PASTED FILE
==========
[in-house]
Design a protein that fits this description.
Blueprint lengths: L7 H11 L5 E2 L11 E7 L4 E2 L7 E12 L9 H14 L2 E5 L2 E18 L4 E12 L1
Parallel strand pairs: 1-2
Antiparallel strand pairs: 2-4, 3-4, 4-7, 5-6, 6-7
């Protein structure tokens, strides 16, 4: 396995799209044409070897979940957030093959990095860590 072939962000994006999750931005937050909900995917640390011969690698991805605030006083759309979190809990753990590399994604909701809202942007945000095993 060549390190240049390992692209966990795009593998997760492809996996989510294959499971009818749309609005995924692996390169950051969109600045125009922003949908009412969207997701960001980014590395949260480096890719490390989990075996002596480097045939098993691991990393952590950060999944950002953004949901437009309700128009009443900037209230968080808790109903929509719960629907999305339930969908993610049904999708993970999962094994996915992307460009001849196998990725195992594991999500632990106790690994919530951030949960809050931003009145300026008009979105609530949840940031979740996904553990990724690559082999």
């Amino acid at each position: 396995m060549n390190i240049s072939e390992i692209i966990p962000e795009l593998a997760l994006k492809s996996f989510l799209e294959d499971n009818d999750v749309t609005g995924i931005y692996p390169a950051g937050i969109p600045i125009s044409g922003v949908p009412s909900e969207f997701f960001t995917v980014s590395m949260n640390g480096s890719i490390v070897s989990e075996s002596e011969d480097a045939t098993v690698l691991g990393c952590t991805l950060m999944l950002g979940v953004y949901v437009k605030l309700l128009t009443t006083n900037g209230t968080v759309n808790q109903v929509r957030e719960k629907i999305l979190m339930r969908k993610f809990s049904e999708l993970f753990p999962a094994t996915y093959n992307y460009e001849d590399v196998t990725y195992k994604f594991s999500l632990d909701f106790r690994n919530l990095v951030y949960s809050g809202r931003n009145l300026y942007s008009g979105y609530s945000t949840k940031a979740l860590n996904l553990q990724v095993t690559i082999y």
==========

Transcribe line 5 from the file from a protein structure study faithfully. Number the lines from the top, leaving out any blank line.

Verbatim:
Antiparallel strand pairs: 2-4, 3-4, 4-7, 5-6, 6-7